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The competition between antiferromagnetism and hole motion in two-dimensional Mott insulators lies at the heart of a doping-dependent transition from an anomalous metal to a conventional Fermi liquid. We observe such a crossover in Fermi-Hubbard systems on a cold-atom quantum simulator and reveal the transformation of multipoint correlations between spins and holes upon increasing doping at temperatures around the superexchange energy. Conventional observables, such as spin susceptibility, are furthermore computed from the microscopic snapshots of the system. Starting from a magnetic polaron regime, we find the system evolves into a Fermi liquid featuring incommensurate magnetic fluctuations and fundamentally altered correlations. The crossover is completed for hole dopings around 30%. Our work benchmarks theoretical approaches and discusses possible connections to lowertemperature phenomena.

DOI: 10.1126/science.abe7165

Observing non-ergodicity due to kinetic constraints in tilted Fermi-Hubbard chains

S. Scherg, T. Kohlert, P. Sala, F. Pollmann, H.M. Bharath, I. Bloch, M. Aidelsburger

Nature Communications 12, 4490 (2021).

Show Abstract

The thermalization of isolated quantum many-body systems is deeply related to fundamental questions of quantum information theory. While integrable or many-body localized systems display non-ergodic behavior due to extensively many conserved quantities, recent theoretical studies have identified a rich variety of more exotic phenomena in between these two extreme limits. The tilted one-dimensional Fermi-Hubbard model, which is readily accessible in experiments with ultracold atoms, emerged as an intriguing playground to study non-ergodic behavior in a clean disorder-free system. While non-ergodic behavior was established theoretically in certain limiting cases, there is no complete understanding of the complex thermalization properties of this model. In this work, we experimentally study the relaxation of an initial charge-density wave and find a remarkably long-lived initial-state memory over a wide range of parameters. Our observations are well reproduced by numerical simulations of a clean system. Using analytical calculations we further provide a detailed microscopic understanding of this behavior, which can be attributed to emergent kinetic constraints.

DOI: 10.1038/s41467-021-24726-0

Quantum Information Processing and Precision Measurement Using a Levitated Nanodiamond

H.J. Zhang, X.Y. Chen, Z.Q. Yin

Advanced Quantum Technologies 4 (8), (2021).

Show Abstract

The nanodiamond, which hosts nitrogen-vacancy (NV) centers, has been levitated in vacuum either through optical tweezers or through an ion trap. It combines the advantages of the large mass and long coherent discrete internal energy levels, which makes it an ideal platform for quantum information processing and precision measurement. In this review, the quantum information processing and the precision measurement based on the levitated nanodiamond are briefly summarized. The basic physics of the levitated nanodiamond and the NV centers is first introduced. Then the methods of manipulating motional states of the nanodiamond with the NV centers are discussed. The magnetic coupling mechanisms between the NV centers and the translational mode or the torsional mode are discussed, and the method of cooling the mechanical modes with the NV centers is discussed. Several applications are discussed, such as the mass spectrometry, the gravitational acceleration measurement, etc. The levitated nanodiamond can also be used for realizing universal quantum logic gates and quantum simulation. Finally, the conclusion and perspective are given.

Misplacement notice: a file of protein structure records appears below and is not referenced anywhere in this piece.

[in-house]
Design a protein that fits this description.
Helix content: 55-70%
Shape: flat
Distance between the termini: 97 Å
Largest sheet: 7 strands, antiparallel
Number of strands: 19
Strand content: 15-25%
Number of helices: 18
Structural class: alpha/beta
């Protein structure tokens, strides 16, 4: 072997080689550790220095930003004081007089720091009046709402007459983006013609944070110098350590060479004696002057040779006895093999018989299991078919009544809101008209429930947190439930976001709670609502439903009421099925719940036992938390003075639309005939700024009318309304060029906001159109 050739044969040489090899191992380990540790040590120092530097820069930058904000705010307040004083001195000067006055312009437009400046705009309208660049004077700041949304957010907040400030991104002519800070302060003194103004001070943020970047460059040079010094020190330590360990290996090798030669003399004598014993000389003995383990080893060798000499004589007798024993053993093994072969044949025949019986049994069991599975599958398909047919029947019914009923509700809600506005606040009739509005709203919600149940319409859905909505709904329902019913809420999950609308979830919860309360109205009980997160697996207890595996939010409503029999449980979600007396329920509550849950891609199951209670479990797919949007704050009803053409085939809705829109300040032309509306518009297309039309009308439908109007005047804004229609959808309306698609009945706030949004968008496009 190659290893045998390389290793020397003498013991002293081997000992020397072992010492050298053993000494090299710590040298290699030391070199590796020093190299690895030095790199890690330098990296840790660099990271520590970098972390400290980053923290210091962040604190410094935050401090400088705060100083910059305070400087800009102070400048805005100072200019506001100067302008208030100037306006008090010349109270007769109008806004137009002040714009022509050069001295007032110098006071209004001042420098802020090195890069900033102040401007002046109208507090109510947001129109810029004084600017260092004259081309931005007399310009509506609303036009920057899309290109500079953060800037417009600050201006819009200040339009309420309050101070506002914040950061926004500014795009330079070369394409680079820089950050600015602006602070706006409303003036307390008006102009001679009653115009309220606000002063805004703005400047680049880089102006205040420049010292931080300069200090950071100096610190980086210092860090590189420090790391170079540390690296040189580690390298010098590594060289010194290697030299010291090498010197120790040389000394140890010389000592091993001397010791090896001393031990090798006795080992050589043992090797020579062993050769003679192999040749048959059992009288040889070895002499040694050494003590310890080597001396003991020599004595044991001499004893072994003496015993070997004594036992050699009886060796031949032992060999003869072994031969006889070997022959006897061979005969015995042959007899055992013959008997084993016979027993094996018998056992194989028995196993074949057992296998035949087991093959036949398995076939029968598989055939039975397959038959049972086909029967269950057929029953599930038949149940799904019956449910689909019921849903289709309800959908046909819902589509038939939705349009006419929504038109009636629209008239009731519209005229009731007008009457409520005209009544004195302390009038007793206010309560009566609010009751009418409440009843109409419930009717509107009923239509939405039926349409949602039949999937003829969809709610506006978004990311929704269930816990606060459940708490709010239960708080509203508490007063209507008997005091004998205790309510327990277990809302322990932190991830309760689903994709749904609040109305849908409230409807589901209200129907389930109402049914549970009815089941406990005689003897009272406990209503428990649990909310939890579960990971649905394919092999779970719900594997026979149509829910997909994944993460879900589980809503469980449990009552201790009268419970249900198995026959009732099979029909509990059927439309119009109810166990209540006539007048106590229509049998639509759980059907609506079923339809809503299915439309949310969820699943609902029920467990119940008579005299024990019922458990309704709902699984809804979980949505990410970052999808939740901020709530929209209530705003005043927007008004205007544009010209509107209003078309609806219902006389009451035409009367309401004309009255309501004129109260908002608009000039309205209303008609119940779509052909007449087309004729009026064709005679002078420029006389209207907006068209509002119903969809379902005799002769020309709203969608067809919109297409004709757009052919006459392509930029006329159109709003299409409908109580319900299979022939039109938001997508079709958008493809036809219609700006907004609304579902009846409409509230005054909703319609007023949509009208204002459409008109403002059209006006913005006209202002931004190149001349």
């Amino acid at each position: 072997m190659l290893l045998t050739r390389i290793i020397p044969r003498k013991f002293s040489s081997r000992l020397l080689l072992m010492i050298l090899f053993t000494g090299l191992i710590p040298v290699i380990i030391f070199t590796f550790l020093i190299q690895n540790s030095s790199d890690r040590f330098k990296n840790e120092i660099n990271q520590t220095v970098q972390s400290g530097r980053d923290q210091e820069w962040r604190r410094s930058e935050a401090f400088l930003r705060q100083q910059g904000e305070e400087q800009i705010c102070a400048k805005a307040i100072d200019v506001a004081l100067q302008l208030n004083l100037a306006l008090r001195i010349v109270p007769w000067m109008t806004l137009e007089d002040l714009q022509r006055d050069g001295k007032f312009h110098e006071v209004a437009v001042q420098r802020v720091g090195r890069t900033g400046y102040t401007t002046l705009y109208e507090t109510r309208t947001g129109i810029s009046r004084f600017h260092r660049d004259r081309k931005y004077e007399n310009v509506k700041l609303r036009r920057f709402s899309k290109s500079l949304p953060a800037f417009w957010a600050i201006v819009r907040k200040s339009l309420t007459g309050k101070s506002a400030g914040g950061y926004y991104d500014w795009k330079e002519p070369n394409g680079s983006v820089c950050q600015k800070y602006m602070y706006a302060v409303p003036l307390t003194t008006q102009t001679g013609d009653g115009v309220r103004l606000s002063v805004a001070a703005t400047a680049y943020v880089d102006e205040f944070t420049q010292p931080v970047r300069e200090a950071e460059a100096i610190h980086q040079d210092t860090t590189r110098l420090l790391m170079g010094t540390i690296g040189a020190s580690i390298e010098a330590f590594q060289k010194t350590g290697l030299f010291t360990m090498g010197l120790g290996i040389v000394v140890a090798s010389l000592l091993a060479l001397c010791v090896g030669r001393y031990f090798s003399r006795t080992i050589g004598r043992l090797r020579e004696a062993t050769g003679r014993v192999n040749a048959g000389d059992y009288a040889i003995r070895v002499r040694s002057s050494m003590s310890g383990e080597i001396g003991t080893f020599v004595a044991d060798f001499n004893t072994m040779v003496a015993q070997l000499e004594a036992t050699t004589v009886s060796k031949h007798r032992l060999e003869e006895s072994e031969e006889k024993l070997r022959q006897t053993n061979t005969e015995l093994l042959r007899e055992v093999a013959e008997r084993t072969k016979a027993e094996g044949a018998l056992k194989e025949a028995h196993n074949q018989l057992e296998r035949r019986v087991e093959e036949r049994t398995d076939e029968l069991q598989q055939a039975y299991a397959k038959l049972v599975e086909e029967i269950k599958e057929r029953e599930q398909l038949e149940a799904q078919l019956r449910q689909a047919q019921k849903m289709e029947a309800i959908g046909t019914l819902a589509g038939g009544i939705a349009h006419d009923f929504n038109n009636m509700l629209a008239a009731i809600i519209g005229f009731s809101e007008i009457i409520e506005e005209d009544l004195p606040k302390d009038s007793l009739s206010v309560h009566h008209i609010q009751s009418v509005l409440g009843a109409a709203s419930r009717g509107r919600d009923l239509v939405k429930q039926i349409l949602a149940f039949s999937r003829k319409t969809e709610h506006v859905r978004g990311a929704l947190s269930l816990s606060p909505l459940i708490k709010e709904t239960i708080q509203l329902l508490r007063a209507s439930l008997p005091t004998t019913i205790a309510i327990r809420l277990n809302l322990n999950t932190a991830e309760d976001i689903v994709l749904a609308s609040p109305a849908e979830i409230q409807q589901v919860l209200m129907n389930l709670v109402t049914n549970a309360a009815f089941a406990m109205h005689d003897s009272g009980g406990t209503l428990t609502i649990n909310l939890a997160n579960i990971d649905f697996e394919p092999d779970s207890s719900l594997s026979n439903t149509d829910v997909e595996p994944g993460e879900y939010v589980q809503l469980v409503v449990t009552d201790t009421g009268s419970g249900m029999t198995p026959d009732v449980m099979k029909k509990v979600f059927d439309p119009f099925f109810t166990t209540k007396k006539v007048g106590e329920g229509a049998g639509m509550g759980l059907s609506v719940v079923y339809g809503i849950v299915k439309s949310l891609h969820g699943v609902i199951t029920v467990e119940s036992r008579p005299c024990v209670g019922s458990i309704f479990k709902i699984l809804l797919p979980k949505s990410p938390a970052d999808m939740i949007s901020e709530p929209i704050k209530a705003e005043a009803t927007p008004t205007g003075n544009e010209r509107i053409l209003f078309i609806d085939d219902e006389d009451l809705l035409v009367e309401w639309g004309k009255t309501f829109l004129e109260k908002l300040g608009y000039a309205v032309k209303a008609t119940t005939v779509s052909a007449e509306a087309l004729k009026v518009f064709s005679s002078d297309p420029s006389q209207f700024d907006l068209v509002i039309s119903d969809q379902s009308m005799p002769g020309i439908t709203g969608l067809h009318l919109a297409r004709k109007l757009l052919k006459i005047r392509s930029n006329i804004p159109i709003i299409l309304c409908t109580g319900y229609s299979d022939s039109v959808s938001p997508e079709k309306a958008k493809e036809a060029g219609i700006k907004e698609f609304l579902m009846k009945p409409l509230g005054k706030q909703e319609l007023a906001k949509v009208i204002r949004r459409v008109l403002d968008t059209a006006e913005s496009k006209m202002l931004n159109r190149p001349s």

Collisions of ultracold molecules in bright and dark optical dipole traps

R. Bause, A. Schindewolf, R. Tao, M. Duda, X.-Y. Chen, G. Quéméner, T. Karman, A. Christianen, I. Bloch, X.-Y. Luo

Physical Review Research 3, 33013 (2021).

Show Abstract

Understanding collisions between ultracold molecules is crucial for making stable molecular quantum gases and harnessing their rich internal degrees of freedom for quantum engineering. Transient complexes can strongly influence collisional physics, but in the ultracold regime, key aspects of their behavior have remained unknown. To explain experimentally observed loss of ground-state molecules from optical dipole traps, it was recently proposed that molecular complexes can be lost due to photo-excitation. By trapping molecules in a repulsive box potential using laser light near a narrow molecular transition, we are able to test this hypothesis with light intensities three orders of magnitude lower than what is typical in red-detuned dipole traps. This allows us to investigate light-induced collisional loss in a gas of nonreactive fermionic 23Na40K molecules. Even for the lowest intensities available in our experiment, our results are consistent with universal loss, meaning unit loss probability inside the short-range interaction potential. Our findings disagree by at least two orders of magnitude with latest theoretical predictions, showing that crucial aspects of molecular collisions are not yet understood, and provide a benchmark for the development of new theories.